Before we arrived at the Global Ecovillage Network (GEN) 2019 European Conference we were interviewed with our fellow panelists on key questions. Here below is the interview with Marilyn Hamilton, Found of Integral City Meshworks Inc.
GEN: What Profile is Marilyn Hamilton bringing to GEN?
- Marilyn Hamilton is the Founder of Integral City Meshworks Inc. and author of the Integral City Book Series.
- When I talk about “Integral Cities” I am looking at human habitats of all sizes (from village to town to city to metropolises) including their eco-regions
- The city is the most complex human system yet created.
- I am passionate that we reframe the city as a Living System – an evolutionary organ of the Earth that builds on James Lovelock’s proposition that Gaia is a Living System and humans are her Reflective Organs – I think cities are the organs and people are cells in that organ
- As Living, Evolutionary Reflective Organs cities are so complex that I use an Integral Framework that captures the individual and collective human groups at multiple scales, and multiple stages of evolution. This framework reflects the participants and priorities of the Integral City Master Code of Care: Self, Others, Place, Planet – where we care for Self so we can care for Others, so together we can care for our Place(s) and in doing so we care for the Planet.
- One of the ways I engage human systems is through the Master Code of Care using the 4 Voices of the “Human Hive” – Citizens, Civic Managers, Business/Innovators and Third Sector/Civil Society
GEN: Ecology keynote questions and framing
Ecology is in the definition of our communities: the conference is where we learn of new practices in sustainable living, we share and draw inspiration from fellow ecovillagers. Those who are visitors will be able to experiment with a style of living that is comfortable yet at low impact Community living; bioconstructions and cultivation are all intrinsic to our lifestyle which will be shared with those who wish to join us during the meeting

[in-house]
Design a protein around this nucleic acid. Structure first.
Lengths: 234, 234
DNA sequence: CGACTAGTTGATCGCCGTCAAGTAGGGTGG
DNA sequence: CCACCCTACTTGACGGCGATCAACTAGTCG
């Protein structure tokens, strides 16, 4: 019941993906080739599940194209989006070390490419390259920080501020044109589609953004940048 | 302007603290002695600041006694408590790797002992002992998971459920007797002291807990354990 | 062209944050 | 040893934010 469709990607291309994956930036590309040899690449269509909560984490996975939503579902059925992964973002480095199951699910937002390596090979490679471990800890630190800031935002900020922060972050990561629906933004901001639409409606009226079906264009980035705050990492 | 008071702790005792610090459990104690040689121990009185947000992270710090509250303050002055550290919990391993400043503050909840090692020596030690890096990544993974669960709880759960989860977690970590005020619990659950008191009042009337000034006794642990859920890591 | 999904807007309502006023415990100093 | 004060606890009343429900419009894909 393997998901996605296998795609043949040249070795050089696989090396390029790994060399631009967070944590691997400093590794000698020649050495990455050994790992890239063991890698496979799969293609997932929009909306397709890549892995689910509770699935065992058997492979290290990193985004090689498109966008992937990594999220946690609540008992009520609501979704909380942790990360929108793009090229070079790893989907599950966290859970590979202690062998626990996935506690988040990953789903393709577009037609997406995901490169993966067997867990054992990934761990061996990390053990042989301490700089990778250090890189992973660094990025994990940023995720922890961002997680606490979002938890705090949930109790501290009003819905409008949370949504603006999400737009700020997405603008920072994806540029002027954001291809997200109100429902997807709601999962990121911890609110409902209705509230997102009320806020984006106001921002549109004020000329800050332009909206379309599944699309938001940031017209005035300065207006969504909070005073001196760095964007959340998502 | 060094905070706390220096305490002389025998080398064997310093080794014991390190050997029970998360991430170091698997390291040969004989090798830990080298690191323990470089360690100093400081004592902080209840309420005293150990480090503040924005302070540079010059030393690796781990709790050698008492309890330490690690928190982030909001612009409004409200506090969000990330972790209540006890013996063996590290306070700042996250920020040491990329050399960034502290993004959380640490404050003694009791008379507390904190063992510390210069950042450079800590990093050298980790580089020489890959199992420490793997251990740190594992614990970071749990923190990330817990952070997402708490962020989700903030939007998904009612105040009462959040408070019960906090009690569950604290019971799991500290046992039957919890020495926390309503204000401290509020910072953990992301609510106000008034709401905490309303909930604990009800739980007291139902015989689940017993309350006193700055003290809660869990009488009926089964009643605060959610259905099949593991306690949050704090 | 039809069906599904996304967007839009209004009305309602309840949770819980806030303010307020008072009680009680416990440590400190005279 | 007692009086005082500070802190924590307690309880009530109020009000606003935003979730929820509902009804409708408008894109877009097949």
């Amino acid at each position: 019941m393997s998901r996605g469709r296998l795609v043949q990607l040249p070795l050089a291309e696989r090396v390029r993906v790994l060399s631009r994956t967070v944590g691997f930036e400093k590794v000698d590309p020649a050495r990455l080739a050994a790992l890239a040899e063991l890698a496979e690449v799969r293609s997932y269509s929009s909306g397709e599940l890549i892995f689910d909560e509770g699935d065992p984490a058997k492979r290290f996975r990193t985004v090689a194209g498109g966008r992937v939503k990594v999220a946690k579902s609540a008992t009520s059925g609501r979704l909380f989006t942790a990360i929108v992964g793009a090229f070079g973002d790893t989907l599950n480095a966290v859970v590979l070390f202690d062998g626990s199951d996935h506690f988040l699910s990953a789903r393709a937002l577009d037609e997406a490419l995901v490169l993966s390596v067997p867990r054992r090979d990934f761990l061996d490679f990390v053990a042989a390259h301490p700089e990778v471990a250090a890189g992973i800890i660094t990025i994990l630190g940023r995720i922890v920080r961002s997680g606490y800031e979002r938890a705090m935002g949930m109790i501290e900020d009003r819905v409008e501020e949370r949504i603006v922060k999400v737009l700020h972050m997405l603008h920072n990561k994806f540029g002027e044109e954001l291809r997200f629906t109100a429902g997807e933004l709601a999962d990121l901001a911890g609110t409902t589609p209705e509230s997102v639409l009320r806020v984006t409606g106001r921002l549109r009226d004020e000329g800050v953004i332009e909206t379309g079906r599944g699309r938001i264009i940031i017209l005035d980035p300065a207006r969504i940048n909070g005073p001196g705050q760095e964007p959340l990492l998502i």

Core theme and guiding questions:
We have 11 years to change to avoid irreversible climate change and biodiversity loss. We wish to address the perception that ecovillages have been effective on addressing local-level ecological regeneration, but are ineffective on larger scale, and therefore how we can amplify the impact of the community networks, both individually and collectively.
- What are the international transition needs we are facing as a global community?
MH: There is a movement (through Frederic Laloux’s research) to reframe organizations as Teal Organizations (or Yellow in Spiral Dynamics Integral terms) – organizations that can serve a higher purpose and function as living systems. These types of organizations are slowly starting to come on stream with new values systems that flex and flow with environmental awareness. Where a critical mass of those arise, we will see the first “flickerings” of Integral City arising.